US senators call for cybersecurity czar
Two US senators introduced legislation on Wednesday aimed at creating a powerful national cybersecurity advisor who would report directly to the president.
Senator Jay Rockefeller, a Democrat from West Virginia, and Senator Olympia Snowe, a Republican from Maine, said the goal of the bill was to reduce US "vulnerability to cyber crime, global cyber espionage, and cyber attacks."
The legislation called for the creation of a post of national cybersecurity advisor to "serve as the lead official on all cyber matters, coordinating with the intelligence community, as well as the civilian agencies."
"Currently, the US has systems in place to protect our nation's secrets and our government networks against cyber espionage," Rockefeller and Snowe said in a statement.
"However, another great vulnerability our country faces is the threat to our private sector critical infrastructure -- banking, utilities, air/rail/auto traffic control, telecommunications -- from disruptive cyber attacks that could literally shut down our way of life.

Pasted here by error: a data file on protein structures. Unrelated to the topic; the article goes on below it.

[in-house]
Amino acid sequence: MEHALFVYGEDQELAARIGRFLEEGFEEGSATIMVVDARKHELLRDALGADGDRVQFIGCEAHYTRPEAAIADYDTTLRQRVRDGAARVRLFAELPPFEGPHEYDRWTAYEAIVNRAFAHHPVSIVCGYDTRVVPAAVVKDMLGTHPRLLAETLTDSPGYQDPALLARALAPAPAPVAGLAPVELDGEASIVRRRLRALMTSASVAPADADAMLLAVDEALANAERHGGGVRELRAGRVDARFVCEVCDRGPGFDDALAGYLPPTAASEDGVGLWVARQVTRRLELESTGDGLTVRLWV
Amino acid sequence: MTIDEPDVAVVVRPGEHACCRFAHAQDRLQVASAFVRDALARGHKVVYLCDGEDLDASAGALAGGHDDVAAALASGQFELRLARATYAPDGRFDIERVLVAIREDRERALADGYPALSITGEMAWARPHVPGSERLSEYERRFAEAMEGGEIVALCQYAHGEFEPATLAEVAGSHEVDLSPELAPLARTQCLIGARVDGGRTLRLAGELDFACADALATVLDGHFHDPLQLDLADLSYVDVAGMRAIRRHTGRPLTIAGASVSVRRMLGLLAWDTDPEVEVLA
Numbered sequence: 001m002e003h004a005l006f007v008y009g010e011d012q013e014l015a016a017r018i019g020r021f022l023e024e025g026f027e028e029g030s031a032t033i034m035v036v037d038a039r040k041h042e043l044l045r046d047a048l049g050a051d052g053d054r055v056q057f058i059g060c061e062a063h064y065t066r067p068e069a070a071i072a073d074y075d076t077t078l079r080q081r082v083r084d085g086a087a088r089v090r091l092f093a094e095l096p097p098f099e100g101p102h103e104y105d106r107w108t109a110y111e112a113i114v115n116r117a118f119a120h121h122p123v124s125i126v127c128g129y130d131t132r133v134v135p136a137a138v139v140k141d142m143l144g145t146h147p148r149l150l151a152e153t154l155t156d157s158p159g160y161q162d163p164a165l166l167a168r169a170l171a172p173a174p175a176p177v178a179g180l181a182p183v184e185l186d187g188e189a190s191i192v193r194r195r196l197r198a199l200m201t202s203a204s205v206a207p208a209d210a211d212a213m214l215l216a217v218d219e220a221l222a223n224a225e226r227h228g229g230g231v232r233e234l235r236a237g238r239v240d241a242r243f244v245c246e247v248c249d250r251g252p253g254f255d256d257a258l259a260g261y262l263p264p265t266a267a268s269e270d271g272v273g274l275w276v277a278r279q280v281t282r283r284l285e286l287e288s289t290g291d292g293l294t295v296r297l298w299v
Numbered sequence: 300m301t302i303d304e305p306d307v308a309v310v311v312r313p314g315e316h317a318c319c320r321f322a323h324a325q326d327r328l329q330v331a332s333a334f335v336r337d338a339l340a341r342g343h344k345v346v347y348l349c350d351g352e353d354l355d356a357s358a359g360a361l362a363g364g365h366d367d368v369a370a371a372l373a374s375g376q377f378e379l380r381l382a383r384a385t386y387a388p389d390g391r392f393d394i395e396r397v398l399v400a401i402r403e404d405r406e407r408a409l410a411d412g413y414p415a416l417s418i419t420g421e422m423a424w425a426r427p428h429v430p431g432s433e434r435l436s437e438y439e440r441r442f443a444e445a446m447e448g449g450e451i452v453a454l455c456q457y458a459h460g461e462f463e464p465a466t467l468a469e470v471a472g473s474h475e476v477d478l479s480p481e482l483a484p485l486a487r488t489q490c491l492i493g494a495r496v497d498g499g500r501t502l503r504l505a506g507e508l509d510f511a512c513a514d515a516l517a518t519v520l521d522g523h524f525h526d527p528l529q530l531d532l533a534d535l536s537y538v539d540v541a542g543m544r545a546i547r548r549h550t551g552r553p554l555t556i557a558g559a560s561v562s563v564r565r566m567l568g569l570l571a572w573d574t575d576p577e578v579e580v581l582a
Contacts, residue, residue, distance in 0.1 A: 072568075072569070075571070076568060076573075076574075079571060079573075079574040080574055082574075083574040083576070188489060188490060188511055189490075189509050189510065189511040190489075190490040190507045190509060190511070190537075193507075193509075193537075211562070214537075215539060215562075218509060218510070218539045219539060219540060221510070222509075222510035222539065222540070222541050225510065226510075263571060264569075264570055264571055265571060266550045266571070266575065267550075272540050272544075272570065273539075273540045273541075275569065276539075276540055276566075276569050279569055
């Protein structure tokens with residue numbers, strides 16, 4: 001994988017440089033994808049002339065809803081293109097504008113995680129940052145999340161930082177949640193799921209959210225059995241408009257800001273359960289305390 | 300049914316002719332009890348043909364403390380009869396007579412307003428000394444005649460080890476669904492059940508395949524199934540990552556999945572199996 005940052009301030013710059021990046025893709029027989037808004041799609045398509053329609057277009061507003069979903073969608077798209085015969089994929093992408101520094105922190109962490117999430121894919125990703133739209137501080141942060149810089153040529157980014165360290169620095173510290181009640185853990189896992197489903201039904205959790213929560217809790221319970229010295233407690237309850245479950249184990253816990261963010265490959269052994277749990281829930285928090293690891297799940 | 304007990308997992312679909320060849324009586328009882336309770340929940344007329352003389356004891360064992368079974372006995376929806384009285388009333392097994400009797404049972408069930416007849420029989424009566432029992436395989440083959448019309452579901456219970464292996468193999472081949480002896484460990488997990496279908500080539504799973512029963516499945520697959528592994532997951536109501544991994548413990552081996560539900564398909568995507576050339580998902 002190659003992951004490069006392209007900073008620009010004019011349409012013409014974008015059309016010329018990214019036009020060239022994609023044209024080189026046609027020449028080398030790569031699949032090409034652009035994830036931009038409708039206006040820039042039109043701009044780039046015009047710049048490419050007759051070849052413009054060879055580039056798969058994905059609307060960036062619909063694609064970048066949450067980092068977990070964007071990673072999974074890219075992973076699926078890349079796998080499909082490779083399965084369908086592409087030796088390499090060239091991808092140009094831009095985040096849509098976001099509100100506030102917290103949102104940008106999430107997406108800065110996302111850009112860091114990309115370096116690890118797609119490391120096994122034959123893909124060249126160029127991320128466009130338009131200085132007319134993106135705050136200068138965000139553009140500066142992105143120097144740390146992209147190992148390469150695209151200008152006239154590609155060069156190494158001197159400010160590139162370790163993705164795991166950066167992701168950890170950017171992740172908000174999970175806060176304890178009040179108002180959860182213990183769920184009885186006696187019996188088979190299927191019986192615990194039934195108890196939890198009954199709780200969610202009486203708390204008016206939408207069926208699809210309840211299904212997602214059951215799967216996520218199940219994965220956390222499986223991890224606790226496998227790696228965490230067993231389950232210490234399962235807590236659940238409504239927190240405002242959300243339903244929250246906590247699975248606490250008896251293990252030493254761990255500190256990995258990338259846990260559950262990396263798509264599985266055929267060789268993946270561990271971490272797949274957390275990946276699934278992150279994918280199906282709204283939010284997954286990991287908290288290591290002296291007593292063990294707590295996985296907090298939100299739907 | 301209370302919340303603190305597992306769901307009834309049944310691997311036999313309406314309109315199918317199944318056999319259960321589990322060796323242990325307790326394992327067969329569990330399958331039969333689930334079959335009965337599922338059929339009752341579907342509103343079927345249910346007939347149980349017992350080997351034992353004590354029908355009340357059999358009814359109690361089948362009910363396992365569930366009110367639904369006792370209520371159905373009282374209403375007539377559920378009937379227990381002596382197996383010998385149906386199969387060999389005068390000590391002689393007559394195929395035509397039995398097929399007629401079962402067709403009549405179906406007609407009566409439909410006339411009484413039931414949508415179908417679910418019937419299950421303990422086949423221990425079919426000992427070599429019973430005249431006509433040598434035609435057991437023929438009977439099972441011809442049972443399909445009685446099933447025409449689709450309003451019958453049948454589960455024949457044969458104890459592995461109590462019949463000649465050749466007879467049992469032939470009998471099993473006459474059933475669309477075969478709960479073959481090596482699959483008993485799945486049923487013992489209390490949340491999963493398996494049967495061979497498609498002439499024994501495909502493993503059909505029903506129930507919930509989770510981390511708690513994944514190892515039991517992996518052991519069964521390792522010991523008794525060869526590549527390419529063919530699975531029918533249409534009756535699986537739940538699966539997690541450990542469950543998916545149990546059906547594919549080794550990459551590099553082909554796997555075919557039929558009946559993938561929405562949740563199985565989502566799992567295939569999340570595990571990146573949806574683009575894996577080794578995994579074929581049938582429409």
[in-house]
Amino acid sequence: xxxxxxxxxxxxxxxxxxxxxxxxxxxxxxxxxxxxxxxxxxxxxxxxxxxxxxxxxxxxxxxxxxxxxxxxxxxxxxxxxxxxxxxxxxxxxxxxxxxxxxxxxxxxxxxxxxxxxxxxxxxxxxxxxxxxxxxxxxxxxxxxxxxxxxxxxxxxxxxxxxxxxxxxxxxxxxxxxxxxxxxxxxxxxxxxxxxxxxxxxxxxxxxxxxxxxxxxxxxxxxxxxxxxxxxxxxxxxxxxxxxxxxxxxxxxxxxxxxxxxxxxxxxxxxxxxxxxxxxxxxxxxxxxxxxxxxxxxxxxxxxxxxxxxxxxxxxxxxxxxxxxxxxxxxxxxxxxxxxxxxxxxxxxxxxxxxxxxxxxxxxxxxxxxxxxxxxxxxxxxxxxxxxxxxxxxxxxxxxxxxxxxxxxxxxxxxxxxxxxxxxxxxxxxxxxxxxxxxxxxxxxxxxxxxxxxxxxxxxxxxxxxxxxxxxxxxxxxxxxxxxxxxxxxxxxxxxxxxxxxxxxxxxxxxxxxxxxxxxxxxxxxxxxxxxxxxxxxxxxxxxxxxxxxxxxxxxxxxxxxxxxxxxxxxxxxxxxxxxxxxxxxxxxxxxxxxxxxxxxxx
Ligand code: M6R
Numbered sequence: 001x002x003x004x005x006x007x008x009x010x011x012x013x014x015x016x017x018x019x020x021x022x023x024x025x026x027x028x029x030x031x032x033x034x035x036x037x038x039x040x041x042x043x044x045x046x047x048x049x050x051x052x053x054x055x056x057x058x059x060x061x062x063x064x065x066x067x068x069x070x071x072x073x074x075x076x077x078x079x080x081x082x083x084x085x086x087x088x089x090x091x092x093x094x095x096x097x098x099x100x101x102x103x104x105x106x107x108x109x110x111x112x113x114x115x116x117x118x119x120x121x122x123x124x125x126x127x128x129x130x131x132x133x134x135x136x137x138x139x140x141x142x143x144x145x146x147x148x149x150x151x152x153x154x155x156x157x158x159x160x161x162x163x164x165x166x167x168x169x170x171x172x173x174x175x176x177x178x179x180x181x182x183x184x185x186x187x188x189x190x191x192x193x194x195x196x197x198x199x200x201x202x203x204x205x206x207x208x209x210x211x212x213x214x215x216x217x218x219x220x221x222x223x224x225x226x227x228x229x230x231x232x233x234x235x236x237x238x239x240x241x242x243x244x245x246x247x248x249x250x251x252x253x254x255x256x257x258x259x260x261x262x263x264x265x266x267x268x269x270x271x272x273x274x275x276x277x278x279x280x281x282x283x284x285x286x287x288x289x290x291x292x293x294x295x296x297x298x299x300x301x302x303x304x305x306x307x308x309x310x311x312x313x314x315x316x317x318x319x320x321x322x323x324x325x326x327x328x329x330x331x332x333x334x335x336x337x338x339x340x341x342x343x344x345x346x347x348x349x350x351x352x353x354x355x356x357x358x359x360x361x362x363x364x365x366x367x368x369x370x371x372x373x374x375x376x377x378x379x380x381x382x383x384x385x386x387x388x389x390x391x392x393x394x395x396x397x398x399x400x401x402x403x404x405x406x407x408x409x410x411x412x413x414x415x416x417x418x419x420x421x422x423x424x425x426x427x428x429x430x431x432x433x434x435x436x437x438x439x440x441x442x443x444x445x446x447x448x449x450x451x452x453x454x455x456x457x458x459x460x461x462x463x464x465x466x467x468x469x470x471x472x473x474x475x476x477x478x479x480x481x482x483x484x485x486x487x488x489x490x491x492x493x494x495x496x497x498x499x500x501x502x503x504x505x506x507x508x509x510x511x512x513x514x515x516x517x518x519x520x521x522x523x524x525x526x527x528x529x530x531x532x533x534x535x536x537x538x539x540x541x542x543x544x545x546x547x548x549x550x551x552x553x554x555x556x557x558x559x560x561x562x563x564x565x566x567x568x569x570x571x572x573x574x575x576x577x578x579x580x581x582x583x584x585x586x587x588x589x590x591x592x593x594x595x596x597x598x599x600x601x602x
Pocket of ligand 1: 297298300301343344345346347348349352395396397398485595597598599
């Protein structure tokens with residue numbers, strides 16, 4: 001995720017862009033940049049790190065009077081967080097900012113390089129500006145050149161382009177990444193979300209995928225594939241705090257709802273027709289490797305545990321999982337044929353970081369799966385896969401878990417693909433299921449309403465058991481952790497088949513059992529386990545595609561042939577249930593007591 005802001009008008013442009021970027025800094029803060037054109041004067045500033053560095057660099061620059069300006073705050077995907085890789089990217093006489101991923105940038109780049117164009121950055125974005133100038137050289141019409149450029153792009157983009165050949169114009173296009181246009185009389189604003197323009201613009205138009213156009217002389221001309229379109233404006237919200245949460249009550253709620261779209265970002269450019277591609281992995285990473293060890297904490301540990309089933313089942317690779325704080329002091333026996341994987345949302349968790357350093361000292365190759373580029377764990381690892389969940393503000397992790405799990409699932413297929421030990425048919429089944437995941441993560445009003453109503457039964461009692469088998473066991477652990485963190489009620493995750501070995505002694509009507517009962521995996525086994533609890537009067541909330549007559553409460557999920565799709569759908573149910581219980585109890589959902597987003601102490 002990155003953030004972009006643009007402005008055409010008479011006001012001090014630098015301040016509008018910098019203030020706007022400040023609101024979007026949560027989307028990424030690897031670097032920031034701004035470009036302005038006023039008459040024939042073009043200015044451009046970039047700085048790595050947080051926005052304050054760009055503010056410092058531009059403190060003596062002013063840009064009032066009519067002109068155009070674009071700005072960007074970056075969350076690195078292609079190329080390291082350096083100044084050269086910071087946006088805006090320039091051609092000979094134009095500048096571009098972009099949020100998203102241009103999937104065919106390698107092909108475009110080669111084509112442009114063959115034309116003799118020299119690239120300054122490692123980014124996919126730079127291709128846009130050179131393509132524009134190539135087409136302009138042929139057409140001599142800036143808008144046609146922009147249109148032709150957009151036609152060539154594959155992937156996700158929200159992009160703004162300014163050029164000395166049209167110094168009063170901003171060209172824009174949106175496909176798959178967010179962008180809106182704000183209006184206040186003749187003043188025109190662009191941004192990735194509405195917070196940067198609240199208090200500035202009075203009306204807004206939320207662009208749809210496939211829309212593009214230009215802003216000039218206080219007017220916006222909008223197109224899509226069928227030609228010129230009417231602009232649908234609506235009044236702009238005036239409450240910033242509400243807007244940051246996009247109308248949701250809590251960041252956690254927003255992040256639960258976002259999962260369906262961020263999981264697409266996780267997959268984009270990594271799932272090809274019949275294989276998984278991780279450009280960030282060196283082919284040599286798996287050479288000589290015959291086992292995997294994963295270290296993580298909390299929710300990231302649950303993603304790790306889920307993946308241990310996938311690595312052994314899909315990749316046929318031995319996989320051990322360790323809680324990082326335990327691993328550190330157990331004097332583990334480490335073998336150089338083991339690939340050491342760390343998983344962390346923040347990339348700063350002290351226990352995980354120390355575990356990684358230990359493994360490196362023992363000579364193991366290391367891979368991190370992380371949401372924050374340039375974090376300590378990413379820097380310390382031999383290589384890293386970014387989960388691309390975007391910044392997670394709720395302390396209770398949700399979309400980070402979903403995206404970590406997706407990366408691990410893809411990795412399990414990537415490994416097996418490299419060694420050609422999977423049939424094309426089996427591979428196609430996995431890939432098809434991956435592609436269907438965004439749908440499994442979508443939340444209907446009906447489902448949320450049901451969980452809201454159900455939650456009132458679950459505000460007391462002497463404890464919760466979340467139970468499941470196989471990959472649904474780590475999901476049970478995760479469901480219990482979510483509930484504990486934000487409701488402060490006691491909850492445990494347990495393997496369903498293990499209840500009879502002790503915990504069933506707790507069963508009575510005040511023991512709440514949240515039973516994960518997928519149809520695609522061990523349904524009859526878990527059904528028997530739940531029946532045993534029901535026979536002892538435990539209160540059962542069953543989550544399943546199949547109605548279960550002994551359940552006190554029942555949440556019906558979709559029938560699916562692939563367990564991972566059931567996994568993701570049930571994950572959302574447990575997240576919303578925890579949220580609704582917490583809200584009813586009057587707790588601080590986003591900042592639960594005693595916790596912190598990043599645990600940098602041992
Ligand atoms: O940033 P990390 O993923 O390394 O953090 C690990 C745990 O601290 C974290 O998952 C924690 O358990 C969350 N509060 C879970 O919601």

"The increasingly connected nature of our lives only amplifies our vulnerability to cyber attacks and we must act now," Rockefeller said.
"Our enemies are real, they are sophisticated, they are determined and they will not rest," he continued. "Congress must bring new high-level governmental attention to develop a fully integrated, thoroughly coordinated, public-private partnership to our cybersecurity efforts in the 21st century."
Snowe said "America's vulnerability to massive cyber crime, global cyber espionage, and cyber attacks has emerged as one of the most urgent national security problems facing our country today.
"This legislation will ensure we have many of the tools to target, isolate and effectively combat cyber attacks in America," she said.
US President Barack Obama announced a sweeping 60-day review in February of US efforts to protect the government's information technology systems from security and economic threats.
A congressional panel warned in November that China had developed a sophisticated cyber warfare program and stepped up its capacity to penetrate US computer networks to extract sensitive information.
And a December report by the Commission on Cybersecurity for the 44th Presidency listed the issue as "among the most serious economic and national security challenges we will face in the 21st century."
Last month, a top US cybersecurity official quit complaining that US cyber protection efforts are being dominated by the super-secret National Security Agency (NSA).
Rod Beckstrom, director of the National Cyber Security Center, complained that the NCSC had been effectively sidelined by the NSA and warned against putting the surveillance agency in charge of national cybersecurity.
(c) 2009 AFP